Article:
Hall of Famer Deion Sanders’ first NFL draft pick as head coach will begin his career at Motor City.
Detroit Lions general manager Brad Holmes met HBCU linebacker James Houston IV of Jackson State in the sixth round, 217th overall. Holmes, an HBCU graduate from North Carolina A&T, talked all year about giving these players a chance. He stood by his word and Houston is grateful for the opportunity.
“My mom gives me shit about it all the time, and says, ‘Why don’t you draft any HBCU players?'” Holmes said. “But I’ve always said that too. They need to control it too. They’re not appointed just because they’re at an HBCU. They need to deserve it. So these kids deserve it. Last year was just not that. caliber or process.It was a great race for HBCU players for a long time.
“You had your Darius Leonards and Tarik Cohen and Brandon Parkers, and it took a little dip there with COVID,” he said. “So it’s good to see that we’re making much better progress now.”
Houston – nicknamed “Da Problem” – dominated last season with 16.5 sacks and 24.5 tackles for losses. He spent three seasons as an inside linebacker with the Florida Gators, making 100 tackles, 4.5 sacks and three forced fumbles before switching last year.
Houston said he had no contact with the Lions before he was drafted. He was the first Jackson State player to be selected since 2008 and among four HBCU players taken in this draft, joining Fayetteville State’s Joshua Williams (Kansas City Chiefs), South Carolina State’s Decobie Durant (Los Angeles Rams) and Southerns Ja’Tyre Carter (Chicago Bears).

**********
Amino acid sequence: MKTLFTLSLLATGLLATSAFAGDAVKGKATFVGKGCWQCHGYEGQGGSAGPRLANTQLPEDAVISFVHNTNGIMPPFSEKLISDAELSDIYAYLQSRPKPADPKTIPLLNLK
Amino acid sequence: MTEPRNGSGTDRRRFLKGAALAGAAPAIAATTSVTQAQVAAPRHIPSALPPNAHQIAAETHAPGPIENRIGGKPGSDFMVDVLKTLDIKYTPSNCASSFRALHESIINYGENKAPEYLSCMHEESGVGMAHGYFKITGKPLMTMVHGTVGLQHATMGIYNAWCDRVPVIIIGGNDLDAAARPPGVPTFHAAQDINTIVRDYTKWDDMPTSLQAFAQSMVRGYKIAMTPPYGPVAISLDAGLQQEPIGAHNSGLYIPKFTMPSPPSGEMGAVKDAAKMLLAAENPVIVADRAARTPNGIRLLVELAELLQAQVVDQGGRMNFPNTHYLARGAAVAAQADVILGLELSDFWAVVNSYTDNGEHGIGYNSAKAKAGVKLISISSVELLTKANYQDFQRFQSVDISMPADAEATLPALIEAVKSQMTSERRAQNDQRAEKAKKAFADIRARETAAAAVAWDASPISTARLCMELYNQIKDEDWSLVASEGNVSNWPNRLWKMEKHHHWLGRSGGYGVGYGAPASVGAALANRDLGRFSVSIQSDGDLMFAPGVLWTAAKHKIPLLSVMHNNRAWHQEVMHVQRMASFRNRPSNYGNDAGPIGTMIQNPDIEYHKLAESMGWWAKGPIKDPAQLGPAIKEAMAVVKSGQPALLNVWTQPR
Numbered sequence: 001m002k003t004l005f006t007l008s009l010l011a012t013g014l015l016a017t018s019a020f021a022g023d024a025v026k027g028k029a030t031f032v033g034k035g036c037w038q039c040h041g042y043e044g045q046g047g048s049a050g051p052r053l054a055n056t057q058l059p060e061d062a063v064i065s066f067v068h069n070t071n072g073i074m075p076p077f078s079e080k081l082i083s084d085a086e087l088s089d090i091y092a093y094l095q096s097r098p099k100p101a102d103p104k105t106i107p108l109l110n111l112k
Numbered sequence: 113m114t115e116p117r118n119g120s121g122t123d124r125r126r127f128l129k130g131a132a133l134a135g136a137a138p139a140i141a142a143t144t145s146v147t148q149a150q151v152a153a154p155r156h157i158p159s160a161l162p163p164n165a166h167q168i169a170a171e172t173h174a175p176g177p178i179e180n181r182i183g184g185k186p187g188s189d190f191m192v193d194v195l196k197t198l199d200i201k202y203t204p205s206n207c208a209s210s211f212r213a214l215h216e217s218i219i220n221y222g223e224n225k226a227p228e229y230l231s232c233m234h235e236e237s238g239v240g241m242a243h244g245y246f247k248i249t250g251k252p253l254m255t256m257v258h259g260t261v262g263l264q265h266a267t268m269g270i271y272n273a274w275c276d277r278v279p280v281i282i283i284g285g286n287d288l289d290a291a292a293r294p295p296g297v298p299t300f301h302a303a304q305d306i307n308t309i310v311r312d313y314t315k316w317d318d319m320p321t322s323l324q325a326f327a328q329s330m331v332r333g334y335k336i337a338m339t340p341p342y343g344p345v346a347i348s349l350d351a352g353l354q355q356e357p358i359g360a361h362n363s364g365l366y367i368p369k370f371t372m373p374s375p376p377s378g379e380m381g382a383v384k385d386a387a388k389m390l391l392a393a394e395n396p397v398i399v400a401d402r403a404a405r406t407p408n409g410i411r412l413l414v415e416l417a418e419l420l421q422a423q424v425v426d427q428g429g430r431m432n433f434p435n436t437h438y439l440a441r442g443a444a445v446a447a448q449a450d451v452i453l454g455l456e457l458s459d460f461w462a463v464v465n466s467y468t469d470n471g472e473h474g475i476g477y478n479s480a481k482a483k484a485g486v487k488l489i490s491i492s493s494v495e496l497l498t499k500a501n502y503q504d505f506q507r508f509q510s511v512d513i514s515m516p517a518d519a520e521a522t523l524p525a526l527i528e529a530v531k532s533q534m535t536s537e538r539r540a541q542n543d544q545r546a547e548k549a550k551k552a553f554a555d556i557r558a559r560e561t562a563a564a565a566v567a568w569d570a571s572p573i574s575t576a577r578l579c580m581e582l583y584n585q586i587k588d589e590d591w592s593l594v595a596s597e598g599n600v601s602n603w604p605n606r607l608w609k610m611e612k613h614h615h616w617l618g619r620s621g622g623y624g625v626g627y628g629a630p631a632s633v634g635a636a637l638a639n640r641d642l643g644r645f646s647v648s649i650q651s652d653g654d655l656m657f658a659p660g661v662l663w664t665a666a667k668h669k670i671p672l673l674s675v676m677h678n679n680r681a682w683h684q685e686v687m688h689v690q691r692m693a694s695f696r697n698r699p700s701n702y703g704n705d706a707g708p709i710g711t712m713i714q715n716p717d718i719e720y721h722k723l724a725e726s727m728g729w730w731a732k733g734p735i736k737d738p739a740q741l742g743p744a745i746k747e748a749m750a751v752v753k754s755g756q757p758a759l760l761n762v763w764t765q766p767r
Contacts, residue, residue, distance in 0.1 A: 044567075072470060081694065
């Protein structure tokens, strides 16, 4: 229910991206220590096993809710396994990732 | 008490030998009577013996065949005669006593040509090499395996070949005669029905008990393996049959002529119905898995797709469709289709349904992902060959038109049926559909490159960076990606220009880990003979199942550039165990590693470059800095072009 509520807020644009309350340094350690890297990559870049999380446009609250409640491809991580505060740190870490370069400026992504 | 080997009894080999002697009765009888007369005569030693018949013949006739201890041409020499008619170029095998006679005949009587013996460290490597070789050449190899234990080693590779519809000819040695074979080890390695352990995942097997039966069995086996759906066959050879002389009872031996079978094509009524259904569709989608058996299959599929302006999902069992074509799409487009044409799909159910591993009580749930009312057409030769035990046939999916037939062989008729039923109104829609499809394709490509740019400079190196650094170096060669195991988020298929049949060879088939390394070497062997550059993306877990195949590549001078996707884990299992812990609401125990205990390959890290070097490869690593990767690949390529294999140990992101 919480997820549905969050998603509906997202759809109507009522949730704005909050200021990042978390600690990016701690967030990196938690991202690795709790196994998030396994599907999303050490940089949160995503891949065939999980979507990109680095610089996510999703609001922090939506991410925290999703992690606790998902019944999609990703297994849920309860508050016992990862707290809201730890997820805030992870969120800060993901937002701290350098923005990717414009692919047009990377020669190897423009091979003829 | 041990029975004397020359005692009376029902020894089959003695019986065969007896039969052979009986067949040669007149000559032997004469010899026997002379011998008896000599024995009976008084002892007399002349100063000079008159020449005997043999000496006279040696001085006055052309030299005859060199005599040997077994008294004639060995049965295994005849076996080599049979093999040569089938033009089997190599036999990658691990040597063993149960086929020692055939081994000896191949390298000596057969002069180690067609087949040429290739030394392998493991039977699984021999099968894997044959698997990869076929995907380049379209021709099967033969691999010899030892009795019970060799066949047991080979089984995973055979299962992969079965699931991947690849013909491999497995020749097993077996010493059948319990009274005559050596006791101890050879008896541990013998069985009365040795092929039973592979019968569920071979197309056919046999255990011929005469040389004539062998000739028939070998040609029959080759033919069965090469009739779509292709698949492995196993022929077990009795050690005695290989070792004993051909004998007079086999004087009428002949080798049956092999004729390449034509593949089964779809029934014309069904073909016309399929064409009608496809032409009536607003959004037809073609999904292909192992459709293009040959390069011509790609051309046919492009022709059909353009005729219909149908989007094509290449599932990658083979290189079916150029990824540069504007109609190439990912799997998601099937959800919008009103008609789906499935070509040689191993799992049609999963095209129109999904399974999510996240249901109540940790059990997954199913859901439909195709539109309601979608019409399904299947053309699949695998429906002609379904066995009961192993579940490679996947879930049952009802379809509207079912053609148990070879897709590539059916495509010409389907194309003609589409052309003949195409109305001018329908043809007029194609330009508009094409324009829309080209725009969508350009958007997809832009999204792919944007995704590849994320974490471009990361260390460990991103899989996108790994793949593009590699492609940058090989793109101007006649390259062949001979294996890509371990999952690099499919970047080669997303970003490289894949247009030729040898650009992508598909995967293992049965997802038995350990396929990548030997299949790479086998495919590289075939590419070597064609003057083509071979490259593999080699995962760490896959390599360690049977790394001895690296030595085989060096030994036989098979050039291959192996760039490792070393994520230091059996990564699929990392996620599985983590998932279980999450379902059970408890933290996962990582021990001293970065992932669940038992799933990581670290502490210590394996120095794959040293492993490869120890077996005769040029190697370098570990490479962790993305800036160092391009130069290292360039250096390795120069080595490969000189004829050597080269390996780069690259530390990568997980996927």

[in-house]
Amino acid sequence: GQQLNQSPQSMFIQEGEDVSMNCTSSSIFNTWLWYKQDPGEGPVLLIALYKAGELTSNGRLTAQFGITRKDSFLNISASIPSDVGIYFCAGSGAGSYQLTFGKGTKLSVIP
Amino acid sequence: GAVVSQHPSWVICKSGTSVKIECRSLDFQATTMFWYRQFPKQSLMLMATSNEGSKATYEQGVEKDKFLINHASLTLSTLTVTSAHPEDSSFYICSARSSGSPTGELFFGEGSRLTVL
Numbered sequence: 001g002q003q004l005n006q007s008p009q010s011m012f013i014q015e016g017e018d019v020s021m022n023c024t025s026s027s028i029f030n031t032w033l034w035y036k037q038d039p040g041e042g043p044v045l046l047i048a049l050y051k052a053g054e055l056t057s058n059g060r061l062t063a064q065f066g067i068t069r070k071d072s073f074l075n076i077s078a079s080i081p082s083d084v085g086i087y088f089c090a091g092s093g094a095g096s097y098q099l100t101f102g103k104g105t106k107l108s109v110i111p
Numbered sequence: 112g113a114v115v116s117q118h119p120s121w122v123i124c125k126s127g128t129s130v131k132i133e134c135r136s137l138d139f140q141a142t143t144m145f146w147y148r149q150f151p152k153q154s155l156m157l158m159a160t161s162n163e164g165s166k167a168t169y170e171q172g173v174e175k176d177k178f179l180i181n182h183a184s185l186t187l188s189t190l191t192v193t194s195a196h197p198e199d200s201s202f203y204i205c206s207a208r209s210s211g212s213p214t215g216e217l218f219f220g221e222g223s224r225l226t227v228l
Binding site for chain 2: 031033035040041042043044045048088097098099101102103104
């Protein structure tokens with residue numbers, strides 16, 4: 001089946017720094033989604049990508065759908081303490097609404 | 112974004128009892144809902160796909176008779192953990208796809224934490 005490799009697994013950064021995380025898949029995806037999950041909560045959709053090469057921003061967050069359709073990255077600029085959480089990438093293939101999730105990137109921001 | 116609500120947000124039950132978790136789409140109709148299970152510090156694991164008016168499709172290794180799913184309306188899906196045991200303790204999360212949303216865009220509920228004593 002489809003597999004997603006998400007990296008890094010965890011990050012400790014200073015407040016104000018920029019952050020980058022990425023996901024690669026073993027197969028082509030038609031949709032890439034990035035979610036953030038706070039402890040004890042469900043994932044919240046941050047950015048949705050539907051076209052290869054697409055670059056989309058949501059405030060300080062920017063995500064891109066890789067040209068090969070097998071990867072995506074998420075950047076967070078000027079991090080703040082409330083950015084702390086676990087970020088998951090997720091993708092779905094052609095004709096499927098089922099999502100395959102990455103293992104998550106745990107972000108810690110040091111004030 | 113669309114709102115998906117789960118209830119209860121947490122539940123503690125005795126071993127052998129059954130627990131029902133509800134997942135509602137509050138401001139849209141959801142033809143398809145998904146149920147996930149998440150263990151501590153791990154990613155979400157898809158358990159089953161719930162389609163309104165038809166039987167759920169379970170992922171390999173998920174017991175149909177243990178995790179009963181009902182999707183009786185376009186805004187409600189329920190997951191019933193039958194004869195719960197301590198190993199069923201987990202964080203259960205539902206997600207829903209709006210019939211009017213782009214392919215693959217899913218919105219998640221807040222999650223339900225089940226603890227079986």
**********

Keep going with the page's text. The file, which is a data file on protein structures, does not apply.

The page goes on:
There were no HBCU players drafted in 2021.
“When it comes from an HBCU perspective, I know a lot has been done in the past, especially last year that no one was selected,” Holmes said. “So I was very happy to see, even before we took James, the others selected … It was good to see progress on that front.”
Detroit had not selected an HBCU product since 2013. Houston also becomes the second-highest Jackson State player selected by the Lions, joining Hall of Fame defensive back Lem Barney, who was taken in the second round of the 1967 draft.
“It’s clear to have Deion who was just a big factor in me going there,” Houston said. “Obviously it’s an HBCU that also drew me there, and my whole family we come from HBCUs, and everyone from my immediate to my extended family has been to HBCUs. That was something I like would experience and it was just like that .. felt like the right timing.
“I know me and Coach Prime, we all had the same hopes and the same motivation to somehow start this thing, and I can not be more excited that I’m his first customer in the NFL.”